Military Dog Abandoned By Russia Joins Ukraine Against Putin Troops


A Belgian Shepherd dog left behind by Russian soldiers in the Mykolaiv region has been taken in by Ukrainian personnel and reportedly put to work in the wide-ranging efforts to clear explosive devices left behind by Russian troops, helping save Ukrainian lives and putting whatever is left of presumed previous military training to good use. It’s apparently about 3 years old.

“Max has become a real favorite with the guards,” one Ukrainian service member said. “We can’t understand why the Russians would leave behind such a lovely animal. Ukrainians love dogs, they regard them as part of the family.” The dog — now known as Max — was apparently found still wearing a Russian collar. A Newsweek report, summarizing apparent revelations from the Ukrainian news outlet known as Euromaidan Press, said a man who found Max “gave the lost dog to the Soldiers of the 19th Regiment of Ukraine’s National Guard, who have taken him in as their own.” Belgian Shepherd dogs are “often trained on how to sniff out explosive devices as well as carry out search and rescue duties,” Newsweek adds. Max originally understood basic directives in Russian, and soldiers involved in caring for Max and putting him to work began training him in Ukrainian.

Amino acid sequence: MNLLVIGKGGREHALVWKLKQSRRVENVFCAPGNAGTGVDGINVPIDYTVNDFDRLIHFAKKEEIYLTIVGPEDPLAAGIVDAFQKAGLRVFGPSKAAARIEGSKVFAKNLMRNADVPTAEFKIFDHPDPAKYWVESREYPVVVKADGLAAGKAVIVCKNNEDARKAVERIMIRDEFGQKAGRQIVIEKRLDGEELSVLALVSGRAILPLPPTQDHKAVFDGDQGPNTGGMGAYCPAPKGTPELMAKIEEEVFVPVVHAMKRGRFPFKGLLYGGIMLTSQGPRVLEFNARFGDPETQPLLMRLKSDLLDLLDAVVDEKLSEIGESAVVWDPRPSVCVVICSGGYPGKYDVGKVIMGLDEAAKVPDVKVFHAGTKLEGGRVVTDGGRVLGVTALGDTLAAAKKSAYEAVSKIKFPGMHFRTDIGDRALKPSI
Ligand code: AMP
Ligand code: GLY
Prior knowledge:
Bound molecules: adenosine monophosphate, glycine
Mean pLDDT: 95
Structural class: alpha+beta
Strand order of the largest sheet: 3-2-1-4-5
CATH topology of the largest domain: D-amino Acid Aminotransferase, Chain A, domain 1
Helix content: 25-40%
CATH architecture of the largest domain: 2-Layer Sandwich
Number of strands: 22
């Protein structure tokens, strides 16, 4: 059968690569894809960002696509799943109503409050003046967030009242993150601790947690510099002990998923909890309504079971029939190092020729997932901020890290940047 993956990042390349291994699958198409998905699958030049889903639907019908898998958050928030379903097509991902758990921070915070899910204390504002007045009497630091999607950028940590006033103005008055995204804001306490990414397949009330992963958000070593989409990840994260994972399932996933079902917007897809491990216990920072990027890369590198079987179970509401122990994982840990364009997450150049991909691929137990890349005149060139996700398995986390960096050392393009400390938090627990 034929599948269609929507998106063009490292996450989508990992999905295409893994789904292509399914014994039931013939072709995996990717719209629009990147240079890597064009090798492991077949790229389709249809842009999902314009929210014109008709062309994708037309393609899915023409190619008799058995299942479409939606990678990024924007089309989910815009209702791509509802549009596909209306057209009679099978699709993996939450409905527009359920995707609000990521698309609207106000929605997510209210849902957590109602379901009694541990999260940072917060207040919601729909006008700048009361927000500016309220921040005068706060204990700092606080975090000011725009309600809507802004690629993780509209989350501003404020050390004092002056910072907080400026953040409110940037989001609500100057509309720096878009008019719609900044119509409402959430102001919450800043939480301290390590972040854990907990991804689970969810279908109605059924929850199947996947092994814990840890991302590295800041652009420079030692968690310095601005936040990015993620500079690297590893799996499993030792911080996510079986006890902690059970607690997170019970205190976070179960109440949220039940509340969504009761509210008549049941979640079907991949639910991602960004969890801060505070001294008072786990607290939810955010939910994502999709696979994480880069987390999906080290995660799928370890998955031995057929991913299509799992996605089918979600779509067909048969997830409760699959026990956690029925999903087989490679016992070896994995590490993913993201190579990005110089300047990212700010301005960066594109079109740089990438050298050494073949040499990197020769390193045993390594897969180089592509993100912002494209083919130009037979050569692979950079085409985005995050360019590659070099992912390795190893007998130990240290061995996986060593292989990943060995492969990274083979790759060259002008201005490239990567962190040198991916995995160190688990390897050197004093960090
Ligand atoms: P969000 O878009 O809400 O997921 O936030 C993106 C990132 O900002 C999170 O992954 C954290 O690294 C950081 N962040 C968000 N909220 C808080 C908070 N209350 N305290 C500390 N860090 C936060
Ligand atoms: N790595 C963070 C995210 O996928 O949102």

There’s another dog that’s prominently been involved in Ukraine’s defense: Patron (whose name isn’t the English word “patron” but is the Ukrainian word for “bullet”) is a Jack Russell terrier who’s detected over 200 unexploded pieces of Russian weaponry left behind in areas the Russians abandoned. The dog weighs less than the amount that would provide the pressure to set off many Russian explosives. Ukrainian President Volodymyr Zelenskyy awarded Patron with a medal for his work in clearing what departing Russian ground troops have left behind. Mykhailo — Patron’s apparent owner — explained that it just worked out for the dog to be involved in these efforts. “My wife is also in the services and there was no one at home to look after him, so I have taken him to work with me every day since he was two months old,” he said. “This is his life, it is all he has known. It is just a matter of chance that we have such a capable dog. He is not a service dog, he is my pet, but he has an amazing nose and is an avid learner. He was meant to be a show dog but his destiny was to save people’s lives, not to win prizes.” The dog was trained for six months to detect explosive materials. Russians left such materials across Ukraine, including in areas around the country’s capital, Kyiv.